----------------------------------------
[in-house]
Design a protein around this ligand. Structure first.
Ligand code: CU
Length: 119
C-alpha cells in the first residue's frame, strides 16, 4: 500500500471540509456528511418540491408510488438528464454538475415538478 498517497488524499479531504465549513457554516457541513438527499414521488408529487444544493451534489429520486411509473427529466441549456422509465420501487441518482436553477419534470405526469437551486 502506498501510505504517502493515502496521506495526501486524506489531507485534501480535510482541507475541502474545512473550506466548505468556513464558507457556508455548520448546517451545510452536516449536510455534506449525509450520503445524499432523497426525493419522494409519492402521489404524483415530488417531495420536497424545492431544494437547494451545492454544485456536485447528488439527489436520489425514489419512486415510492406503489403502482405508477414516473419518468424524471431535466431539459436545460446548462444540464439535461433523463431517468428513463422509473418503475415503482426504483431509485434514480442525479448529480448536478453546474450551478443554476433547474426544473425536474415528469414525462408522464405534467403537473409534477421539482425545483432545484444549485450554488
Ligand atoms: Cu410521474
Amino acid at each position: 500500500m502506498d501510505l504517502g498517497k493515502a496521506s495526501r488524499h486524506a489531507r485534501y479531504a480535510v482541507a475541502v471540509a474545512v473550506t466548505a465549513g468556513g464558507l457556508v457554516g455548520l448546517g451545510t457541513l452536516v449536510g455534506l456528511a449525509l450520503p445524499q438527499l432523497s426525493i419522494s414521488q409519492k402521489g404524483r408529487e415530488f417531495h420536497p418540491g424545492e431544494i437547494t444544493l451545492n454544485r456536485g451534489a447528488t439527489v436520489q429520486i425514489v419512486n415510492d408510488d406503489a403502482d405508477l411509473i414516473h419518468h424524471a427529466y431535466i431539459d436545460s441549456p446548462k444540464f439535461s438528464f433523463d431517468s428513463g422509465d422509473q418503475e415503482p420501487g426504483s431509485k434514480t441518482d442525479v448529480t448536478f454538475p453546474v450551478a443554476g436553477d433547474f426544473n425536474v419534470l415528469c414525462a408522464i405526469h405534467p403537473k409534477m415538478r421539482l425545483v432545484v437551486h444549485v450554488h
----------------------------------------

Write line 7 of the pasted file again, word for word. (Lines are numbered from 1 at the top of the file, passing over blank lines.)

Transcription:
Amino acid at each position: 500500500m502506498d501510505l504517502g498517497k493515502a496521506s495526501r488524499h486524506a489531507r485534501y479531504a480535510v482541507a475541502v471540509a474545512v473550506t466548505a465549513g468556513g464558507l457556508v457554516g455548520l448546517g451545510t457541513l452536516v449536510g455534506l456528511a449525509l450520503p445524499q438527499l432523497s426525493i419522494s414521488q409519492k402521489g404524483r408529487e415530488f417531495h420536497p418540491g424545492e431544494i437547494t444544493l451545492n454544485r456536485g451534489a447528488t439527489v436520489q429520486i425514489v419512486n415510492d408510488d406503489a403502482d405508477l411509473i414516473h419518468h424524471a427529466y431535466i431539459d436545460s441549456p446548462k444540464f439535461s438528464f433523463d431517468s428513463g422509465d422509473q418503475e415503482p420501487g426504483s431509485k434514480t441518482d442525479v448529480t448536478f454538475p453546474v450551478a443554476g436553477d433547474f426544473n425536474v419534470l415528469c414525462a408522464i405526469h405534467p403537473k409534477m415538478r421539482l425545483v432545484v437551486h444549485v450554488h